Britain's unique constitutional arrangements are a product of the country's pioneering role in the development of democratic government. Because of the number of countries founded by British settlers (including the United States), because Britain was the world's dominant economic and political power from the Napoleonic wars to the First World War, and because Britain possessed the world's largest colonial empire, British political institutions have been uniquely influential in modern world history.

The Kingdom of England, which formed the core of the United Kingdom (being united with Wales in the 16th century, Scotland in 1707 and Ireland in 1801), was an absolute monarchy, but began to develop parliamentary institutions as early as the 13th century. The English Revolution of the 1640s established that the King could not govern without the consent of Parliament. The Glorious Revolution of 1688 established that the Parliament could determine who could hold the throne and further limited the power of the King.

The House of Commons itself remained essentially unchanged from mediaeval times until 1832. It was composed partly of members representing the counties, elected by adult males who met a property qualification, and partly of members representing boroughs, elected by adult males on variety of franchises ranging from highly democratic to oligarchic. Many large cities were not represented at all. Non-Anglicans were excluded from Parliament until the 19th century.

A movement to reform this situation began in the late 18th century but was retarded by the fear of radicalism which followed the American and French revolutions. Between 1832 and 1918 a series of reform bills reformed both the electorate and the distribution of seats. The first of these bills was fiercely resisted but by the later 19th century the principles of democratic government were generally accepted. By 1895 all adult males could vote. One consequence of this was the rise of a nationalist movement in Ireland, leading eventually to Irish independence in 1922.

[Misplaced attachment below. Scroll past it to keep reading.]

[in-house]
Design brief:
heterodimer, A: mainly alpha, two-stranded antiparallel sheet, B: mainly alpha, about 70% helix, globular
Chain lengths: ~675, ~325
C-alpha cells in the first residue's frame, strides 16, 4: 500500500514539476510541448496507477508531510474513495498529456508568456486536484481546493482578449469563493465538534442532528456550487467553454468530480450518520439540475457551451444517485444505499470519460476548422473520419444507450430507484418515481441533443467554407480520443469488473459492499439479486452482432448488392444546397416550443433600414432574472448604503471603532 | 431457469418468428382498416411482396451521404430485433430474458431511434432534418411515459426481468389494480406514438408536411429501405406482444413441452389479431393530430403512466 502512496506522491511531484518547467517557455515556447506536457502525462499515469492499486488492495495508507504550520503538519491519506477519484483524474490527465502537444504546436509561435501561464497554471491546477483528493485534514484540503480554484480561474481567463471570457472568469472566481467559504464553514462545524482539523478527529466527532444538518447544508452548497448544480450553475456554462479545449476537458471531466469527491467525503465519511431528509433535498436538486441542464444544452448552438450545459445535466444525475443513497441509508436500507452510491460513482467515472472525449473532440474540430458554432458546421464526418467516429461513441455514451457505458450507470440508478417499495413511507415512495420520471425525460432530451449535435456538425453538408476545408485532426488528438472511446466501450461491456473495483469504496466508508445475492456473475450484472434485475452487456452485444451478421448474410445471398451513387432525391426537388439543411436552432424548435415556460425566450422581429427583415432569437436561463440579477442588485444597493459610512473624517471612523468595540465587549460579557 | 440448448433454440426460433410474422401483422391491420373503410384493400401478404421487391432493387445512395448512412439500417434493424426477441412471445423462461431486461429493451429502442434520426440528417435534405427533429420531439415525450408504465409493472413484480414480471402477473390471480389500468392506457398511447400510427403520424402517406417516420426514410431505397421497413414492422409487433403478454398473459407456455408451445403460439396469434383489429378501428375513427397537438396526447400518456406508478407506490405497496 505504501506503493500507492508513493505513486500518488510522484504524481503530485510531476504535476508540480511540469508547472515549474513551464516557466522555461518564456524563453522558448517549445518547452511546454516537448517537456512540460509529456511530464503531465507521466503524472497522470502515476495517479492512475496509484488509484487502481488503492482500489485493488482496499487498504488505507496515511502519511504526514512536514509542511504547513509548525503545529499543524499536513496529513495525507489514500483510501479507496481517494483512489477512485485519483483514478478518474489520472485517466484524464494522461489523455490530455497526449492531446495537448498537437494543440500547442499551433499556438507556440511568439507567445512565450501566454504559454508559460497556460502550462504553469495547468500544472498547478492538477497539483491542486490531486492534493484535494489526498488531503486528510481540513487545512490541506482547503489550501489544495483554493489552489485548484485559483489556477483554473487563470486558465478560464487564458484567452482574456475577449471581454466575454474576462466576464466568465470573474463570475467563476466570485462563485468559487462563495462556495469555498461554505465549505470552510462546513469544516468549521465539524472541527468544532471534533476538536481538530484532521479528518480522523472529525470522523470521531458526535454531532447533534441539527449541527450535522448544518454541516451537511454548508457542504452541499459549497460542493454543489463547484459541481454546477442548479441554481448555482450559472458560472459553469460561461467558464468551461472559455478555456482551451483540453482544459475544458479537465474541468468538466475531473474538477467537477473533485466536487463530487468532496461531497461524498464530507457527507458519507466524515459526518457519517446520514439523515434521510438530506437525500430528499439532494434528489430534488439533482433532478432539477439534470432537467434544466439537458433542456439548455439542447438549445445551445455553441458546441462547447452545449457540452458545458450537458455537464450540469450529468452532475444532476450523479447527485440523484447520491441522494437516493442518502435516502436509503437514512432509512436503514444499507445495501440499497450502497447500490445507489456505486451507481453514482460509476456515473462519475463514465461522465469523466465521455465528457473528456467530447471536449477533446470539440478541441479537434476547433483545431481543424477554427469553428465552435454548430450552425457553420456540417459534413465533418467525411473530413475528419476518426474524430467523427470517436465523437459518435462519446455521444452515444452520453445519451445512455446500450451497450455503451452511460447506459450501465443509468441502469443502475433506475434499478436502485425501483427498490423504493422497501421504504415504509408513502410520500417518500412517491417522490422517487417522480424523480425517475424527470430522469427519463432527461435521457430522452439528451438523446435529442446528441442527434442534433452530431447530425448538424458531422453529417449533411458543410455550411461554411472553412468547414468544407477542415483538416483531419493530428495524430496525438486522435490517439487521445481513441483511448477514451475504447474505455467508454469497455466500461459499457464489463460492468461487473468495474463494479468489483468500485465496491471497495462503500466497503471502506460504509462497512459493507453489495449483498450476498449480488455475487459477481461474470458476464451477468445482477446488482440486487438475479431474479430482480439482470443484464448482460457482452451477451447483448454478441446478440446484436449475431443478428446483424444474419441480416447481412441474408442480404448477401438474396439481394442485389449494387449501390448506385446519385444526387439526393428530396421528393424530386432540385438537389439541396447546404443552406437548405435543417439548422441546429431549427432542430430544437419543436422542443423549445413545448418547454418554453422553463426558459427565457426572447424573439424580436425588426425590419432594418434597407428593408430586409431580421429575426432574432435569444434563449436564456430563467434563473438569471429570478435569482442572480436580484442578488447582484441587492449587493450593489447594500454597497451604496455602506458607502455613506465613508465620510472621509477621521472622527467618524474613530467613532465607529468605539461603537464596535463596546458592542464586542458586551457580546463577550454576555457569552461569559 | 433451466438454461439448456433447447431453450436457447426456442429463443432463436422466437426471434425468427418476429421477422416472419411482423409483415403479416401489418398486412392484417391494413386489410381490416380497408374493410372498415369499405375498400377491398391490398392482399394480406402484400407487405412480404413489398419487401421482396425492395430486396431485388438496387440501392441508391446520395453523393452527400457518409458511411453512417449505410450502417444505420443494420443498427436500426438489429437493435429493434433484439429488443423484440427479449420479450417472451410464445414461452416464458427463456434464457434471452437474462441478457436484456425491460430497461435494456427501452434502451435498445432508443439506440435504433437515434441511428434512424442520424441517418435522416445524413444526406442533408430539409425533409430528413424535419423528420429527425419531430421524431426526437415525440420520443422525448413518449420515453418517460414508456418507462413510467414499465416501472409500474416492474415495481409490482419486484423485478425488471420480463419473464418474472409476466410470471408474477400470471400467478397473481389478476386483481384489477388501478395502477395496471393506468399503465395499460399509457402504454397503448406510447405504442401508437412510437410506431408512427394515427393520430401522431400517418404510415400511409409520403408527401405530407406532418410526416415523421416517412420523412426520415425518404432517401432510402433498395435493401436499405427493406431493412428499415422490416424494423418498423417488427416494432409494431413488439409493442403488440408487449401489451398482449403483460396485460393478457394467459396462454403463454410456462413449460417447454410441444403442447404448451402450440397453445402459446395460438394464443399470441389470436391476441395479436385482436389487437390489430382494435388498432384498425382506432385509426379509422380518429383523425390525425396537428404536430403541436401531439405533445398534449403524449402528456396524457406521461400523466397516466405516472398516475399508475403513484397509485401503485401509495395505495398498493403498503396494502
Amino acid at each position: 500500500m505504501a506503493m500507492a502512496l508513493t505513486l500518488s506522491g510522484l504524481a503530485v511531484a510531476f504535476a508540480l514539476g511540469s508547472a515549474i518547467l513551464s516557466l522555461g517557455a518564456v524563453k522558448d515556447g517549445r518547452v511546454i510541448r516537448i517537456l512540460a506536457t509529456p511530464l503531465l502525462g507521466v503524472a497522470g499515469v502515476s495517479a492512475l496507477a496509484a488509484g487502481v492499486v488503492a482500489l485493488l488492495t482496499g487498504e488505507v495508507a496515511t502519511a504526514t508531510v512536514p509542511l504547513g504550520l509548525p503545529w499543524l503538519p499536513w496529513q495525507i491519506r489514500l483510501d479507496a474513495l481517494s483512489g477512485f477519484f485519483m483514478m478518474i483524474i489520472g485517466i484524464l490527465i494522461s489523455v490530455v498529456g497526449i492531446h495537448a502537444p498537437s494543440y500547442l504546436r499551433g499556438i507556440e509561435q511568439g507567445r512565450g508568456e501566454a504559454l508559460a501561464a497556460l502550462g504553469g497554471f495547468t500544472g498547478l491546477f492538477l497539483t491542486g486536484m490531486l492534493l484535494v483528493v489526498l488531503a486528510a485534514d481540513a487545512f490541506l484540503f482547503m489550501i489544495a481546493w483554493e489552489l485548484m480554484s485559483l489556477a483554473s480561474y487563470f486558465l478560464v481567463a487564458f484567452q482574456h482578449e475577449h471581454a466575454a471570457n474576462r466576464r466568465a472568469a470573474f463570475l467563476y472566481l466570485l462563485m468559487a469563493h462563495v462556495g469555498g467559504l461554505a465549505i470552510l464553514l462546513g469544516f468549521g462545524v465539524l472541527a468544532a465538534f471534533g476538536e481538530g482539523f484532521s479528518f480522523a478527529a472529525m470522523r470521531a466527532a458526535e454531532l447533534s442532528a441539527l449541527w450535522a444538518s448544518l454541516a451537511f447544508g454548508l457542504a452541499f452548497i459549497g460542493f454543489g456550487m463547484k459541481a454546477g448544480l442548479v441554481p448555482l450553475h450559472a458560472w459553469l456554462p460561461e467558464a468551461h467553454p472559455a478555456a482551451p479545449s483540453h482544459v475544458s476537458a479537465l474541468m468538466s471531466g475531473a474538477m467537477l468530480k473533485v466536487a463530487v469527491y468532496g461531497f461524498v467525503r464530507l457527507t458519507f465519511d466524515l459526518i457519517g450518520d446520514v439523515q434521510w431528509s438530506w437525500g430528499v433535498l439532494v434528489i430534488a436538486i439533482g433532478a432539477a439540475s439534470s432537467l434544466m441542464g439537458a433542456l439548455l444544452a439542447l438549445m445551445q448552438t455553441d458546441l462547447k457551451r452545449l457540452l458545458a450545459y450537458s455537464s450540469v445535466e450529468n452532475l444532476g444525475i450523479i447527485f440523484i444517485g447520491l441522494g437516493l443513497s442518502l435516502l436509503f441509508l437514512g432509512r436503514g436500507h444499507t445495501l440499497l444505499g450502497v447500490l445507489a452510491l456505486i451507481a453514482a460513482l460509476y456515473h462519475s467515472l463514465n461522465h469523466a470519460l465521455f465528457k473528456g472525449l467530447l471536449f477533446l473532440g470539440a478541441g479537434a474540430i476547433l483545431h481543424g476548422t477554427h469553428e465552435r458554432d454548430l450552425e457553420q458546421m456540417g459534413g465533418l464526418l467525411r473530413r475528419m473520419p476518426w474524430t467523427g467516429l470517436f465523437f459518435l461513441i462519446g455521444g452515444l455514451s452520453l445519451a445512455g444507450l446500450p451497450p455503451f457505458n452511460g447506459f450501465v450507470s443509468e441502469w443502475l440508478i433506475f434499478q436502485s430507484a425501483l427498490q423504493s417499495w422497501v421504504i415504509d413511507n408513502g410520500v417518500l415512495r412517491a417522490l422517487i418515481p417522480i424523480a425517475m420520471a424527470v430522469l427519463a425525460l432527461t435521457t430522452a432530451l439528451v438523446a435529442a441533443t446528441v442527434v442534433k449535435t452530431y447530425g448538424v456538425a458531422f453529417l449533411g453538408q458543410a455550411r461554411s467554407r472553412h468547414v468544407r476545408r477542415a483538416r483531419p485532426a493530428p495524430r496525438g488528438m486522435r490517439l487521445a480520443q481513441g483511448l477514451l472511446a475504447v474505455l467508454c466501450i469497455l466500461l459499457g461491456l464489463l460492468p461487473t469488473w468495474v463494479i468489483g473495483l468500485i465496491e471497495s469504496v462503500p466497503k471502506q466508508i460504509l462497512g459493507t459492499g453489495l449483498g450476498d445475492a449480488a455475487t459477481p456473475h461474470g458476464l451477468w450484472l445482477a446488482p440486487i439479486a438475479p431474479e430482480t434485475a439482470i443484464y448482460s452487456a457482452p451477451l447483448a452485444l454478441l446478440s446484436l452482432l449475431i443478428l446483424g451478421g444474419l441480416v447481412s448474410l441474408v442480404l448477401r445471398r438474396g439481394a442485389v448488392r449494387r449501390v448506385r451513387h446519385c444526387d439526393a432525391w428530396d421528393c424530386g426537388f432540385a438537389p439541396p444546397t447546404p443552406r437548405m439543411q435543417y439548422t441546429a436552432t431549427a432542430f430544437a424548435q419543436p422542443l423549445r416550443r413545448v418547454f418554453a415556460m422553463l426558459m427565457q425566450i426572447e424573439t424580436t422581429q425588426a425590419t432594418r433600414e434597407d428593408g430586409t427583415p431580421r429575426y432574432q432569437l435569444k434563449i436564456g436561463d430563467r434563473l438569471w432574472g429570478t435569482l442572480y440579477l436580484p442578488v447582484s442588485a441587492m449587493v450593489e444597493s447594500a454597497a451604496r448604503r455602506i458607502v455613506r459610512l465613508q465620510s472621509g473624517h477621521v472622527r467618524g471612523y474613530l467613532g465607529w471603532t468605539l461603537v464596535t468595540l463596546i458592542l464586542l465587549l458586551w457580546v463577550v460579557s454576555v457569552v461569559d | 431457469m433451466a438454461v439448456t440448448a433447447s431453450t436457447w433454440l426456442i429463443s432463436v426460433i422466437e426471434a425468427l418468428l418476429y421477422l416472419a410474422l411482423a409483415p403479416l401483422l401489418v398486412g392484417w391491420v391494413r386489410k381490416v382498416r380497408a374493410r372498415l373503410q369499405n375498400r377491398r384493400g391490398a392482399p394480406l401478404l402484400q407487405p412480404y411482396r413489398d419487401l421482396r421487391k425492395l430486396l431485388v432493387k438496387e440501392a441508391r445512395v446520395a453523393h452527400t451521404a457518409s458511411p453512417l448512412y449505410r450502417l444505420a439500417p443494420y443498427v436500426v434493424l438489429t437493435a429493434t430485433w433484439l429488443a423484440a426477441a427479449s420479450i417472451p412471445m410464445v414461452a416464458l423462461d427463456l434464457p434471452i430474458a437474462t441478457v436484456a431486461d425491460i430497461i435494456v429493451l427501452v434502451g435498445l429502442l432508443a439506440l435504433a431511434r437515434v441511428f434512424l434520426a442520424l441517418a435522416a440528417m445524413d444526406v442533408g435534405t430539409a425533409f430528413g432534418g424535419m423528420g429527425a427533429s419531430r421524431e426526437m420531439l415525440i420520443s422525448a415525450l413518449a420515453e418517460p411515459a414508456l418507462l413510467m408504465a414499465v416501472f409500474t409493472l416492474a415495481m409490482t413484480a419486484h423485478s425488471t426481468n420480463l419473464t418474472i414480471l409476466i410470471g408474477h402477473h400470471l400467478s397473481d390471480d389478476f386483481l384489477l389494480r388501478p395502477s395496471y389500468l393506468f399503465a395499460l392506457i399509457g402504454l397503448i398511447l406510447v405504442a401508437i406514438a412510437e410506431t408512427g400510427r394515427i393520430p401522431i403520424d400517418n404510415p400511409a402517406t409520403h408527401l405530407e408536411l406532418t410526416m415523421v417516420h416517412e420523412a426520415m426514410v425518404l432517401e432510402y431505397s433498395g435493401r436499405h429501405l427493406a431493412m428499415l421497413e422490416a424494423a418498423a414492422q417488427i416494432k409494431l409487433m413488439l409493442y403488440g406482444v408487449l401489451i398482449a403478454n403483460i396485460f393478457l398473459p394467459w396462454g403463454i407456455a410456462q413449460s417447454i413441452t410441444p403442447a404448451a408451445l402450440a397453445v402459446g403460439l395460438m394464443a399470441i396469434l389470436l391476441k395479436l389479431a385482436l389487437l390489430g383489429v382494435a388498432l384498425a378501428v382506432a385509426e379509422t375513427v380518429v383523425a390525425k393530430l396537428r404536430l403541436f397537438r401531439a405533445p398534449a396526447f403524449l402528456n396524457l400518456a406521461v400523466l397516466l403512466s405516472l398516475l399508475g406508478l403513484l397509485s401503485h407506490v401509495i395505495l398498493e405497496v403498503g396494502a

Agitation for women's franchise began in the late 19th century but was stoutly resisted. Women over 30 were given the vote in 1918 and women between 21 and 30 in 1928.

Unlike countries which developed democratic government through revolutions or through struggles for independence, British democracy has evolved as a matter of practice rather than theory. Britain has no written constitution, and in theory the Queen is still an absolute monarch, enacting legislation after taking the advice of her Parliament. In fact no monarch has refused to sign a bill passed by the Parliament since Queen Anne in 1707.

Until the 20th century British politics were dominated by the Conservative Party and the Liberal Party, today called the Liberal Democrats. These are the oldest political parties in the world, being descended from the Tory and Whig parties respectively, with origins in the mid 17th century. The Conservatives began as the party of royal and aristocratic resistance to change, but today are a party of free-market conservatives. The Liberal Democrats are now a minor party of the middle-class left.

The enfranchising of the working-class, in what was then the world's greatest industrial power, led to the rise of the Labour Party, which formed its first minority government in 1923 and its first majority government in 1945. Labor has alternated in office with the Conservatives since then. The shock of heavy defeats in 1983 and 1987 led Labour to abandon its commitment to socialism, and under Tony Blair (Prime Minister 1997 to 2007) it became a party of the broad centre. The only other parties of any significance are the Scottish National Party and the Party of Wales.

In 2007 Blair was forced out of office as a result of party hostility to his support for the war in Iraq. He was succeeded by Gordon Brown, who failed to recoup the Labour government's fortunes. The 2010 election saw Labour defeated, but the Conservatives failed to win an overall majority. The Conservative leader David Cameron formed a coalition government with the Liberal Democrats.

Updated May 2010